The Bourgogne Blanc is very pale and has an agreeable, flowery nose with hints of elderflower. The flavour is light and elegant and the wine will benefit from a year or two in bottle. It’s made from two plots, the larger of which has vines aged around 60 years.


The colour has a greenish tinge while the nose, strikingly pure, is appley with fugitive hints of lime and pineapple. The mineral flavour is long, but closed up at present, with underlying elegance. I’d recommend drinking it around 2014-18. This wine comes from nine separate plots spread over seven lieux dits, all vinified separately. Two of the plots are located in Les Enseigneurs, says Gérard, which is very close to Bâtard Montrachet, and two are in Le Meix, close to Meursault, where the subsoil gives a mineral character.


This has a greener colour and the nose is rounder and riper, making me think of greengage and lime. It has a forceful, Chablis-like flavour, very incisive, with good length. Clearly a wine to hold back 4-5 years, if possible and to enjoy over the 8 or so that follow. “This comes from the high part,” says Gérard Boudot, adding:  “the Chablis of Puligny.”


Still fuller, this has a more honeyed nose, reminiscent of pear, lemon balm, and white rose. It’s a lovely delicate nose, very flowery and expressive.  Flavour and aftertaste are in tune with this, and there’s a fine minerality on the chalky finish. (This is from the base of the slope, I’m told).


Shining like a lamp, the Champ Canet has a lovely round aroma of acacia honey, white roses, and peaches. There’s a sense of perfect ripeness. The flavour manages to be both luscious and incisive and the aftertaste gone on a long time, with plenty of minerality l showing. This excellent wine should live a good 12-15 years or more.


This has a brilliant appearance and thick tears, while the nose is weighty and very round, yet also buoyant, conjuring up white peach, mirabelle, and honey.  It coats the palate with thick Chardonnay fruit and the finish is very persistent. One of the best Combettes in recent years, it will age exceedingly well and could even replace a Bâtard as ideal partner to lobster. Combettes is a super-Premier, with almost the body and depth of a Grand Cru.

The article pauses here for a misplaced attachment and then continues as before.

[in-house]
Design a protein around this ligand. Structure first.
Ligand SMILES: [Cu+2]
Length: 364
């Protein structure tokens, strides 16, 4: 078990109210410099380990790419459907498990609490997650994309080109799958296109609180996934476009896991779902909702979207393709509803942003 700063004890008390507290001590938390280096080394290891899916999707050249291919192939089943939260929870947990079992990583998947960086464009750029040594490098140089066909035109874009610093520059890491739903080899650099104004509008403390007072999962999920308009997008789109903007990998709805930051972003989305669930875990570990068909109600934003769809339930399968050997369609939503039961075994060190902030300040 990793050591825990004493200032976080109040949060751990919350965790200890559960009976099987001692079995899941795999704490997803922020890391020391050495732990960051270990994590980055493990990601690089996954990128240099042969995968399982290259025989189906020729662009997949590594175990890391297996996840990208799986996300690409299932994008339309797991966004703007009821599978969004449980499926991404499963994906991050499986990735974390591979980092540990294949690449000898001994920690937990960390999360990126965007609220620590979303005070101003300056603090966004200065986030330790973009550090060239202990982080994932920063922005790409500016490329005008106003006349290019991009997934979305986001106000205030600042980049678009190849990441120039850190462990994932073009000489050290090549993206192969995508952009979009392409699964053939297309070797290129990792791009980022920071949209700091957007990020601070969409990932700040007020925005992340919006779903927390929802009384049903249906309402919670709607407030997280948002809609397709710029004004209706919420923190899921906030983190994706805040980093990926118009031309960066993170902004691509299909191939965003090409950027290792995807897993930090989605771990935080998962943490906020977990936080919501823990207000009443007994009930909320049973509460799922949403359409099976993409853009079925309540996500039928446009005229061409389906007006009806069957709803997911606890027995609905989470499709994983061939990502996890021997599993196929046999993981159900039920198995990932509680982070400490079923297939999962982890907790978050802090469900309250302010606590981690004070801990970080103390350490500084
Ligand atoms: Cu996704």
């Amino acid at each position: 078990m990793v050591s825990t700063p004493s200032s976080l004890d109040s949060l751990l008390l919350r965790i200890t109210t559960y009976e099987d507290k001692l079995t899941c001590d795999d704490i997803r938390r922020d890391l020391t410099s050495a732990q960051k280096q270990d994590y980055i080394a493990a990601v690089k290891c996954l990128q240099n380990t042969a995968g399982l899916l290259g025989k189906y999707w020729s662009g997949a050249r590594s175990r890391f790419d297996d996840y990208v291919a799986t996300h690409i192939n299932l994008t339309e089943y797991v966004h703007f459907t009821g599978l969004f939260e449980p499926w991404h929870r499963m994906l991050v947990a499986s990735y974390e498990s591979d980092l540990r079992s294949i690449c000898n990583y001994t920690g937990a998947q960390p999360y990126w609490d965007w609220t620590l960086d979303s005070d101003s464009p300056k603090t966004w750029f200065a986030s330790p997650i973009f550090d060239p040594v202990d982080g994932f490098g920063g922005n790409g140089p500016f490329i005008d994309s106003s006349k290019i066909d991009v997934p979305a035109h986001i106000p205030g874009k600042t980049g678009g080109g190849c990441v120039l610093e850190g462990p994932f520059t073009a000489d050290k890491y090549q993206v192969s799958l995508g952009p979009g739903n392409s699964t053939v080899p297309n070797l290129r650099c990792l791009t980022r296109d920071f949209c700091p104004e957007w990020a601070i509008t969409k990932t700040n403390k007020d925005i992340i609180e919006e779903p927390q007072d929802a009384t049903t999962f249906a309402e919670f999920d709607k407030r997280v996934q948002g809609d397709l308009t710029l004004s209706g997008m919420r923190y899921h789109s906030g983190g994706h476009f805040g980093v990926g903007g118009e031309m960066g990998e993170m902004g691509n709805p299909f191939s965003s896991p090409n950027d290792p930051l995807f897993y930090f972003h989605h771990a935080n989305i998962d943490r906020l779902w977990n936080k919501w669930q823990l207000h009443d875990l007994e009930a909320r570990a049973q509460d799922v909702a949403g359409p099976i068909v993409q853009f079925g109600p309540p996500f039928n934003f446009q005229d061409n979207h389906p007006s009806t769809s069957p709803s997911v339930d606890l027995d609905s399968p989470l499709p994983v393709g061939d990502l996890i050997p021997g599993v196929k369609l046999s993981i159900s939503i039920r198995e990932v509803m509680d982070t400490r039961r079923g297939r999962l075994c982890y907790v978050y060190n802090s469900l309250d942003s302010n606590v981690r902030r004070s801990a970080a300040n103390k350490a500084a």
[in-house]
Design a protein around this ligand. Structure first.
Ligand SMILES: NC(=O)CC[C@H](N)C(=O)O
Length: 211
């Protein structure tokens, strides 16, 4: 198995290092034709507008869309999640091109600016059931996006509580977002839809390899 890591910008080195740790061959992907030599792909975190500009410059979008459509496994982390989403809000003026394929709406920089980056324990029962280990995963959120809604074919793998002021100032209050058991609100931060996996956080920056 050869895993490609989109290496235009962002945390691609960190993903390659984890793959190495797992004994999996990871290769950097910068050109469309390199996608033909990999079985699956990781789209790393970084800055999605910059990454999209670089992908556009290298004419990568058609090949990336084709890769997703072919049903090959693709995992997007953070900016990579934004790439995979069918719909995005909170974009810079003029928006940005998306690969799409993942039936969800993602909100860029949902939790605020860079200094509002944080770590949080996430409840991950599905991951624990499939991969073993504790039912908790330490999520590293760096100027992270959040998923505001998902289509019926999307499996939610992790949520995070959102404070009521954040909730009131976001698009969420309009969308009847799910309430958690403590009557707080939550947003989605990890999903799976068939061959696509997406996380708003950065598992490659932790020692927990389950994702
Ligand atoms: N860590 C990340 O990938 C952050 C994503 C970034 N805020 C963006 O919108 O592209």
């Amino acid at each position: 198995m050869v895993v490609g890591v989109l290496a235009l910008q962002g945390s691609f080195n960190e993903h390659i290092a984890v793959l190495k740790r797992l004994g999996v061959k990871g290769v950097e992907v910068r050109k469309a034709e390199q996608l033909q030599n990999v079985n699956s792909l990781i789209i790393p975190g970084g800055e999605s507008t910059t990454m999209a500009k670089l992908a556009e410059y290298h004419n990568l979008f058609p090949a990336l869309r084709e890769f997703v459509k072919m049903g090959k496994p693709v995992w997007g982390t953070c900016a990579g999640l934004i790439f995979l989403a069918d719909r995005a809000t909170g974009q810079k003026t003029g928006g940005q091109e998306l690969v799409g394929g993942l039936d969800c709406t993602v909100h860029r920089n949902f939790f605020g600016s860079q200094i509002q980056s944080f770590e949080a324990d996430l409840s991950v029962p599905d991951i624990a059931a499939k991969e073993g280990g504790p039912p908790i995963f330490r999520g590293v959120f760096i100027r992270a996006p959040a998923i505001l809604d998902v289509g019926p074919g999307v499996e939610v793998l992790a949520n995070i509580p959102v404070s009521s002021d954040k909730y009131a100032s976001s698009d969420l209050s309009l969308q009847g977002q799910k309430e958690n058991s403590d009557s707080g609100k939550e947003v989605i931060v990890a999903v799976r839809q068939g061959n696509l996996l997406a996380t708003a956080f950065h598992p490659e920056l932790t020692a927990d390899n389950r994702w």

The nose is broad and weighty, of optimum concentration but without heaviness, while the superb flavour is long, full of nuances, with lots of Bâtard power and authority. At less than two years, with a long life ahead, it will develop almost unimaginable subtleties as it undergoes the ageing process.  Those who drink it at full maturity will feel privileged.

“It’s absolutely vital to avoid any heaviness in the Bâtard,” says Gérard Boudot with emphasis. This is why you always have to pick early, before maximum ripeness is attained.” His Bâtard, he explains, is from two plots: one in Chassagne and the other – the larger one – in Puligny. The soil is red marne with traces of iron. There’s even some crasse de fer – clumps of “iron-dirt” that can impart a very special flavour to wines.


The colour is a crystalline green-gold and the complex, refined nose suggests greengage, lemon balm, and honey, with a hint of kiwi fruit on the palate, full and masterful yet with that typical Chevalier finesse that makes it the most poised and subtle of all of Burgundy’s six Grand Cru whites. “Chevalier, though a Grand Cru, is often very good when it’s young,” says Gérard Boudot. “You ought to try the 2007, for example…”

I resolve to do so when I get home (if I’ve managed to hold back one of my very few, and exceedingly precious, bottles).


My good friend Mike, many years past retirement age, is as full of energy and a man half his age. He’s also an indefatigable driver. We cover many hundreds of kilometres in only a few hours and decide to spend the last night before returning to England at La Ferme du Vert in the tiny hamlet of Wierre-Effroy, just 14 kilometres from Boulogne. It’s a former farmhouse, made up of several buildings around a sort of green, with 16 rooms and a restaurant. They produce their own cheeses. The place is packed, mostly with Brits either returning home on their way to la France profonde. There are also a number of Belgians. “Last night we were packed with the French!” says the owner, when questioned about this seeming Anglo-Saxon preponderance.

We eat a hearty dinner, washed down with a fine Meursault followed by a decent red from Château de Pennautier. Mike soon has us chatting in the most convivial way possible with sundry English couples and three charming Belgian girls, who are induced to tell us their life stories, which prove to be both touching and funny. Then it’s off to our beds for a few hours’ rest before a very early start indeed. The next morning, we rise while it’s still dark. Extremely tired, lusting for black coffee, we already find ourselves planning the next trip…

© Frank Ward 2012

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One Response to “The Romanée Conti expedition – Part II”